Flyers' Huge Comeback Falls Short After Frustrating Start (with video to make you crazy)

Flyers' Huge Comeback Falls Short After Frustrating Start (with video to make you crazy)

The first two periods of Saturday's matchup with the Devils couldn't have gone much worse for the Flyers. Sluggish, uninspired early play by the Flyers combined with crisp, aggressive answers from the Devils and some frightfully bad refereeing saw the home team struggling to stop the bleeding late in the first period and throughout the second.

Sergei Bobrovsky was relieved just shy of the game's midway point, the Flyers down 6-0 at the time. Ilya Bryzgalov came in and pitched a shutout while his skaters did everything they could to turn the game around, mounting a respectable comeback but ultimately falling by a 6-4 count.

A look at the action below, including video of the amazingly bad non-call that keyed the Devils' early dominance.

Now, while the expletives were flying around Delaware Valley living rooms and both bowls at the Wells Fargo Center, the refs weren't the only reason the Flyers lost this game. Not for lack of trying though. The zebras really jobbed the Flyers in this one, particularly early.

Less than three minutes into the game, the Devils were given a two-man advantage on a so-so call against Kimmo Timonen with Marc-Andre Bourdon already in the box. Some nice puck movement resulted in the puck being on a wide open Kurtis "Bananas" Foster's stick, and he emptied it out in a hurry.

The Devils kept the pressure up throughout the period, peppering Bob with 17 shots to the Flyers' seven. Two SOGs in the final minute of the frame made it 3-1 Devils, and they had Flyers fans ready to drag the refs through the streets of South Philly.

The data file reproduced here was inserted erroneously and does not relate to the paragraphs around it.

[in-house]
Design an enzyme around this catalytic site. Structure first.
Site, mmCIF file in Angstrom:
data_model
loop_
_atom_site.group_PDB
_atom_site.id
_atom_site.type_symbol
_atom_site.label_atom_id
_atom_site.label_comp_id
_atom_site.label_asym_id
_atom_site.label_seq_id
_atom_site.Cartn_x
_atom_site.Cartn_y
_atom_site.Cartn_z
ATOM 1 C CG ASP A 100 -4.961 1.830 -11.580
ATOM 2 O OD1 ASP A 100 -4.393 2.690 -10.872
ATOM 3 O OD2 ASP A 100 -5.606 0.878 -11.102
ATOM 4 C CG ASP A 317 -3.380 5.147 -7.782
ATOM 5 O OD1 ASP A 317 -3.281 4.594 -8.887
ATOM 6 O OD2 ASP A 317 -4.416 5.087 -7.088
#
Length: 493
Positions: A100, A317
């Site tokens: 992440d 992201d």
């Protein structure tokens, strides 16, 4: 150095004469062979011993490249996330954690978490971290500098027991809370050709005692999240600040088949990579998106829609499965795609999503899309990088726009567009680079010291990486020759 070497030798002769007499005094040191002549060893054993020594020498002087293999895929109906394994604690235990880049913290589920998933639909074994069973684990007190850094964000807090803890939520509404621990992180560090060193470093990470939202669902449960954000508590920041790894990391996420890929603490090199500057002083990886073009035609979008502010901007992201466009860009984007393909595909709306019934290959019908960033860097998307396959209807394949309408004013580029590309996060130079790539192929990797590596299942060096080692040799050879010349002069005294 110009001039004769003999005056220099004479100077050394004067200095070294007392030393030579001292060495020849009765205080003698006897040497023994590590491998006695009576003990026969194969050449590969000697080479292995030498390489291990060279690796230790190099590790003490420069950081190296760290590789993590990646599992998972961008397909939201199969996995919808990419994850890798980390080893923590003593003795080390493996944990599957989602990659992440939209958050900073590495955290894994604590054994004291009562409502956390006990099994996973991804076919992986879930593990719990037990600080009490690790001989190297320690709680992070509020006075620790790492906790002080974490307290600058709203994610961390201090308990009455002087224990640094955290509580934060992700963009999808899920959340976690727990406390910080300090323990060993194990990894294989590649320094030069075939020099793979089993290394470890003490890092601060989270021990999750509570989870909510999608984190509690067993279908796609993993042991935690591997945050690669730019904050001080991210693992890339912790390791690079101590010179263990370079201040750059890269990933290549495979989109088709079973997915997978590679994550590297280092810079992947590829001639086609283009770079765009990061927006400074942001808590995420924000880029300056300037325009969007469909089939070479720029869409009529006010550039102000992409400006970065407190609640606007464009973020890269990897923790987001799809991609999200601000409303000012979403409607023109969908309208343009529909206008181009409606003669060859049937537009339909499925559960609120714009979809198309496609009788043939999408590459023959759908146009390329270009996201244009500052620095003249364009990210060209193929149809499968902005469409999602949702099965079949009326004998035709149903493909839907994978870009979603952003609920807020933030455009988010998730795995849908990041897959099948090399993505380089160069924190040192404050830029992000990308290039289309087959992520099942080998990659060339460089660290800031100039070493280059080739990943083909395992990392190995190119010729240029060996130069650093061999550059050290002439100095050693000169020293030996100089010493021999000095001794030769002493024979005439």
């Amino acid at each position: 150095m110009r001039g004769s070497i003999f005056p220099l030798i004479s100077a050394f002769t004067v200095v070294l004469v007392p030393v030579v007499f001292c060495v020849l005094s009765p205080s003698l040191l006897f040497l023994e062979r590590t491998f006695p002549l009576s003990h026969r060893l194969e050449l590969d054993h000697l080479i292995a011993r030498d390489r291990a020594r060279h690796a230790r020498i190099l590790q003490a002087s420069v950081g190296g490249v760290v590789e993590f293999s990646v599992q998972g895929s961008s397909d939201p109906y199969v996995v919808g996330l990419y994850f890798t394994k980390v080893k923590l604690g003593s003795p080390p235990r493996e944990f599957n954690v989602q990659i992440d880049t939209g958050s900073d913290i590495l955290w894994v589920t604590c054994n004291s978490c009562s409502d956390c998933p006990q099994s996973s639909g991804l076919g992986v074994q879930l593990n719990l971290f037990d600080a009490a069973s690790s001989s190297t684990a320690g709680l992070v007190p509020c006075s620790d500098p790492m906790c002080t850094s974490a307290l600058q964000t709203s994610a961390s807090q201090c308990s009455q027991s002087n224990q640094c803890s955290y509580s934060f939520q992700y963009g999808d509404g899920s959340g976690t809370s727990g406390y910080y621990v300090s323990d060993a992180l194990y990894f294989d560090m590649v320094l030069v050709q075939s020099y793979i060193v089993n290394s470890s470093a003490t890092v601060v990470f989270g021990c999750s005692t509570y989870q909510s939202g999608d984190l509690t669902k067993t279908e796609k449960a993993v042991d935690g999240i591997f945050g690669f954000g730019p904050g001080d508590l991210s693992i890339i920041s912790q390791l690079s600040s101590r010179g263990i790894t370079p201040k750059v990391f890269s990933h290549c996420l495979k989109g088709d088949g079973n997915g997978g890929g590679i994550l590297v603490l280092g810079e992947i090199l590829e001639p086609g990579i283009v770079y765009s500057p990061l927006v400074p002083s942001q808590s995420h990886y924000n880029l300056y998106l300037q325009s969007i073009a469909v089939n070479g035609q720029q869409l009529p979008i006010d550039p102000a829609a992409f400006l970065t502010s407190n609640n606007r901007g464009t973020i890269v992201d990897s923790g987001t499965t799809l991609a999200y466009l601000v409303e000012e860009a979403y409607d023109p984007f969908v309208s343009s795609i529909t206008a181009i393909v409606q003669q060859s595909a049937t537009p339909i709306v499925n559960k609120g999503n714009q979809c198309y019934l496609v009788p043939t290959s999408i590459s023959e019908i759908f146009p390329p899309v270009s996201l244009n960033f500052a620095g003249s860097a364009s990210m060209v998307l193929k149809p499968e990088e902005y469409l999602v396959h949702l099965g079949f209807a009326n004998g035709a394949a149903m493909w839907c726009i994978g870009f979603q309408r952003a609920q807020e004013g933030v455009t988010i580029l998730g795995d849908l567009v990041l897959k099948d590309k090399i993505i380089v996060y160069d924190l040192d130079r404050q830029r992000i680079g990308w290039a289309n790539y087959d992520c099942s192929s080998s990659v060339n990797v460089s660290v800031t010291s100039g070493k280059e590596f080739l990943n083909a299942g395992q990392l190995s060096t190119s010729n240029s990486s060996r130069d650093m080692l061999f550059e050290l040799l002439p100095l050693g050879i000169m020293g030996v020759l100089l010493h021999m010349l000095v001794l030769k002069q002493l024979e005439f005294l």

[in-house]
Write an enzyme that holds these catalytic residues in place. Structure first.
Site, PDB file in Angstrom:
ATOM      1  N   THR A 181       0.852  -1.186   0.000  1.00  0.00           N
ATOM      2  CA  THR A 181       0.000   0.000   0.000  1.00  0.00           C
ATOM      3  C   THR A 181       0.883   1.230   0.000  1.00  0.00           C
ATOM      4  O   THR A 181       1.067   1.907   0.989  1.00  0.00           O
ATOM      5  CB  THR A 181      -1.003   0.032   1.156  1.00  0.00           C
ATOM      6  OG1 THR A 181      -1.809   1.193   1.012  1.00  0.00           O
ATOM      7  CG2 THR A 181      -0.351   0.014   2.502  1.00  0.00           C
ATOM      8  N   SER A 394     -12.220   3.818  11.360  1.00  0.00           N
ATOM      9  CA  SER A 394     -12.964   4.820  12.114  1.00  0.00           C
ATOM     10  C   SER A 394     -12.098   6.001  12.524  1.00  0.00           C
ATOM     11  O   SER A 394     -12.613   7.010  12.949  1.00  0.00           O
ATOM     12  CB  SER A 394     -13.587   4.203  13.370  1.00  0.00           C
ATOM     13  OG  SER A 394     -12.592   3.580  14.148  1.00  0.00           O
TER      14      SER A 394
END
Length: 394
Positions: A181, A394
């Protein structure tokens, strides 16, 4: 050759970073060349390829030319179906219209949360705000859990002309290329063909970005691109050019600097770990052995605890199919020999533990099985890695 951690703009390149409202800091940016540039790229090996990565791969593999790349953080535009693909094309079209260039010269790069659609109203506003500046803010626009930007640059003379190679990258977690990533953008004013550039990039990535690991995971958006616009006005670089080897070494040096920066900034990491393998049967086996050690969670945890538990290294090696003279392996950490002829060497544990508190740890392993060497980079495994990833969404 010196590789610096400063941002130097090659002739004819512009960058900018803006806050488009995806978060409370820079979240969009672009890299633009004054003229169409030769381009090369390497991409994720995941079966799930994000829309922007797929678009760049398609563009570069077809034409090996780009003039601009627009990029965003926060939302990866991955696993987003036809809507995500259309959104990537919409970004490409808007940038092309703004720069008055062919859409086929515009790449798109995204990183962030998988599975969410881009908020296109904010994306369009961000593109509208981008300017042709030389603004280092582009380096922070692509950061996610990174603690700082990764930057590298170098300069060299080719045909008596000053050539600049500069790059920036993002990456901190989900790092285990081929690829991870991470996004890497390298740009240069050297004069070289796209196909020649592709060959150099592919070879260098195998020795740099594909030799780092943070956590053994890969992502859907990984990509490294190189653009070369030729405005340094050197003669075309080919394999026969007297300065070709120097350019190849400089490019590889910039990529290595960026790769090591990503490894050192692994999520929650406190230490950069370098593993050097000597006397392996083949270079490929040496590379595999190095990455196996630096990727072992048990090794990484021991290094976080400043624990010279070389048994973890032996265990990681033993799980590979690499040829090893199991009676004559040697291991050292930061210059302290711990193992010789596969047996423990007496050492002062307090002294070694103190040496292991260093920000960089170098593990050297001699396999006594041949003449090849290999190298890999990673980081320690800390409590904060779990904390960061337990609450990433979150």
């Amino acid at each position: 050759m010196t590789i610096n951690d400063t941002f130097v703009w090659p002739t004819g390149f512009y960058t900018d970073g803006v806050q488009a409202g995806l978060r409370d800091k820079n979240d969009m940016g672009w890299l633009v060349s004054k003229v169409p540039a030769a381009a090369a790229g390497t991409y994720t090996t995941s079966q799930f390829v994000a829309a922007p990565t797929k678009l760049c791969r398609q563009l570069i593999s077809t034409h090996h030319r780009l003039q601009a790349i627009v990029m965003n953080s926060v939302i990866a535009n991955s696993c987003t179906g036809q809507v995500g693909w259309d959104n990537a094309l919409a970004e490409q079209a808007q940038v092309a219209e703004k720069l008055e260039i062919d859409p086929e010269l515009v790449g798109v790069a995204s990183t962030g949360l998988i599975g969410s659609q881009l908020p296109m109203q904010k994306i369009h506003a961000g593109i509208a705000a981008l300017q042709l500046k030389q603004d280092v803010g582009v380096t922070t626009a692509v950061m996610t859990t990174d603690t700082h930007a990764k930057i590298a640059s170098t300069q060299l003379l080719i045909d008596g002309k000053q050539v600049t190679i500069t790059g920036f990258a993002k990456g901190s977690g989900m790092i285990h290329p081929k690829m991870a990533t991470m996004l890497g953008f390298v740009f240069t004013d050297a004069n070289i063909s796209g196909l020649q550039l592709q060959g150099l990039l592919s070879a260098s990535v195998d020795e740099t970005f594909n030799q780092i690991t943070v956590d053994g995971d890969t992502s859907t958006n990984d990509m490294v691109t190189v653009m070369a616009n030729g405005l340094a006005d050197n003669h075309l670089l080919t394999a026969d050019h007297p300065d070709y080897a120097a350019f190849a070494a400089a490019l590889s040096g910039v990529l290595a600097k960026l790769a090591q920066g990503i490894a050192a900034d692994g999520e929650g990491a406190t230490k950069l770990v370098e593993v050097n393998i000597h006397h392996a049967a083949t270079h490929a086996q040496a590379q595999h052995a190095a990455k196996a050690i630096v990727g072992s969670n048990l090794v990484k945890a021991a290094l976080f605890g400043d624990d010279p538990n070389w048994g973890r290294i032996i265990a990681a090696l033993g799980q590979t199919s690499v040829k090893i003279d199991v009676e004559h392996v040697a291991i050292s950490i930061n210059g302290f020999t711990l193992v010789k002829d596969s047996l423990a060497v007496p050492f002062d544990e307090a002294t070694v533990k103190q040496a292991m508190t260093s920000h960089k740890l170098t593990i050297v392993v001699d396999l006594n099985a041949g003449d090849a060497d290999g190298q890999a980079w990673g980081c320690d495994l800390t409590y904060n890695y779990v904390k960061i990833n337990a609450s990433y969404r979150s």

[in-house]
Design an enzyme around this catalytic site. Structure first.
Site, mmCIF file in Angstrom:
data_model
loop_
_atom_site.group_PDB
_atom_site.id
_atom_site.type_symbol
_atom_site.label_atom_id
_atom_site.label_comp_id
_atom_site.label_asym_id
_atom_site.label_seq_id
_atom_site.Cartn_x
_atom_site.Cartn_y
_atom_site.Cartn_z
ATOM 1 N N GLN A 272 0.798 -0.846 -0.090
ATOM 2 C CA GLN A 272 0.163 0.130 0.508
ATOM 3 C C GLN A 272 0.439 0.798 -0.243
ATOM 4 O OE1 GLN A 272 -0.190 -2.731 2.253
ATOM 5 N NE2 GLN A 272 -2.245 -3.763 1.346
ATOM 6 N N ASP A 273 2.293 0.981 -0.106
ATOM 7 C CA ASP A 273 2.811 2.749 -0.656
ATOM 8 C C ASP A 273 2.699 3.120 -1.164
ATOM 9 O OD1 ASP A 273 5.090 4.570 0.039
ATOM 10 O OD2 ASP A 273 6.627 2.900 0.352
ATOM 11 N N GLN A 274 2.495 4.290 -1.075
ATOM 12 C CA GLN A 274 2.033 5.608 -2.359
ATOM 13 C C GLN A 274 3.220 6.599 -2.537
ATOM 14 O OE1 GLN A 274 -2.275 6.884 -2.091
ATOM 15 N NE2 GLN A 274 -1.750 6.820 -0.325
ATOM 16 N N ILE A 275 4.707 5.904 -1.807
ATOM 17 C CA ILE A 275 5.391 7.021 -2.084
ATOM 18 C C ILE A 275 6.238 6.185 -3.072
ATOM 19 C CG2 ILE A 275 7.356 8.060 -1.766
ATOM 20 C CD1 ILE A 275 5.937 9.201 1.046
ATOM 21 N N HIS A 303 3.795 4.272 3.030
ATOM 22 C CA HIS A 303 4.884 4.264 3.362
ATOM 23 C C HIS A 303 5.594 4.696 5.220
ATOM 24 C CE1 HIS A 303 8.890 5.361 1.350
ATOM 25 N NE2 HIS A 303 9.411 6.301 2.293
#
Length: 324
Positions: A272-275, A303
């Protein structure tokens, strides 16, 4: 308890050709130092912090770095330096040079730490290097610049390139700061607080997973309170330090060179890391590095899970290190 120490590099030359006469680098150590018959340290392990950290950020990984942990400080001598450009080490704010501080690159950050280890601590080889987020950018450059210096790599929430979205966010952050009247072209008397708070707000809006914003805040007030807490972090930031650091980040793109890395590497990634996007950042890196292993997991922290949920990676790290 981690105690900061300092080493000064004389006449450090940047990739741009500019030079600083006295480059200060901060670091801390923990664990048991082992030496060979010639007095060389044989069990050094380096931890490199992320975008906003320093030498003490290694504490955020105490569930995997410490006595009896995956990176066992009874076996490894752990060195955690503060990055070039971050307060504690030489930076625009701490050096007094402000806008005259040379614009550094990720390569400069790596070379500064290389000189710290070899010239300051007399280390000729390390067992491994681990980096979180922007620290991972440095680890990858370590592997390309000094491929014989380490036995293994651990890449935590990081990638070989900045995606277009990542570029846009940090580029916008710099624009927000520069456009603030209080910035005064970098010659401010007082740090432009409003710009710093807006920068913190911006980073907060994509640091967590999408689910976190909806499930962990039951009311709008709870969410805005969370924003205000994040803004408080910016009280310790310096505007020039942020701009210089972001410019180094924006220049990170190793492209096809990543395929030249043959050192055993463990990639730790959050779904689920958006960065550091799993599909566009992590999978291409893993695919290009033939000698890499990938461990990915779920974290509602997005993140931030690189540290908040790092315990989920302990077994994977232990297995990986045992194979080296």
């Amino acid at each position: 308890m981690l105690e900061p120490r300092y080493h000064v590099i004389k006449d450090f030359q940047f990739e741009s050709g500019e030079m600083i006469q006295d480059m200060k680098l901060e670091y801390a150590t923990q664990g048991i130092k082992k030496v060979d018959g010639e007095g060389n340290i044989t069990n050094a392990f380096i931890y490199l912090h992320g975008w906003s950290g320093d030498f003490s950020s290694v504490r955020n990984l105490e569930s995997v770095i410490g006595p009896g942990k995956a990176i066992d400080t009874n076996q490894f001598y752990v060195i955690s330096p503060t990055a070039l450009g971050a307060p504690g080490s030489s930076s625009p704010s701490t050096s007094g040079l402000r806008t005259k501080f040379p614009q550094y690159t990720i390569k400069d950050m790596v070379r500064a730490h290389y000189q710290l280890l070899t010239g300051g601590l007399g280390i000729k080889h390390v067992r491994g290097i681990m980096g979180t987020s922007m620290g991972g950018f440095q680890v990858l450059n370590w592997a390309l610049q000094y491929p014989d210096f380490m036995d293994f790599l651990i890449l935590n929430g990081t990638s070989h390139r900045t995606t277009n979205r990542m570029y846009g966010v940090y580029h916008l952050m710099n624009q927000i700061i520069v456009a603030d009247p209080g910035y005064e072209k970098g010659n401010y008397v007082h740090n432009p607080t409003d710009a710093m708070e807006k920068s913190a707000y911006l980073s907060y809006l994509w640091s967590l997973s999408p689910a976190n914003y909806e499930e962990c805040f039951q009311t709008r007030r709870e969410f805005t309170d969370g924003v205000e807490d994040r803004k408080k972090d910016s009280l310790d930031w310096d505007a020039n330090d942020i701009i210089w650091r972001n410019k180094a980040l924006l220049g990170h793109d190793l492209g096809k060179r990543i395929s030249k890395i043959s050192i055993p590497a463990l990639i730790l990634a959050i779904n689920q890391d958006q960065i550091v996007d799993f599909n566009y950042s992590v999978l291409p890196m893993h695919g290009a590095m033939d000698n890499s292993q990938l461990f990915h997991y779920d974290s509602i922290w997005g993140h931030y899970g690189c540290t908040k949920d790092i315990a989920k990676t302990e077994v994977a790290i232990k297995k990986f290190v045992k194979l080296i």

Here's video of how the first one came about, with the Flyers on a power play…

Dainius Zubrus clearly trips Giroux before stripping the puck off the prostrate centerman, then finds Ilya Kovalchuk for the Devils' league-leading 12th shorty.

To make matters even worse, Zubrus would score again with less than a second to play in the period. It was a very nice shooting effort by Zubrus, but … he should have been in the box at the time. Then, during the goal scoring/celebration sequence, Scott Hartnell took a high-sticking penalty, perhaps due to frustration over the non-call. On the ensuing power play to start the second period, the Devils scored again.

One blown call, which should have resulted in a 5-on-3 for the Flyers, directly impacted three goals the other way.

OK, enough whining (although there was more cause for it)…

The Flyers didn't respond well at all in the second period, conceding that goal and two more, including yet another Foster goal on the 5-on-3.

The third period was a whole different game. Bryzgalov relieved Bob in the second and didn't allow a goal the rest of the way. The offense came alive in the third, sparked by one of the few guys who had been playing well all afternoon—Wayne Simmonds. Simmer battled in front of the net to get multiple efforts off on Johan Hedberg, the final one beating him on a pretty swat.

Jaromir Jagr, who took a beating all afternoon and thinks he may have broken the tip of his finger on a slash, scored the Flyers' second goal, followed by Claude Giroux potting his 20th of the season on a power play and Jake Voracek giving us all that glimmer of hope to bring the game within two.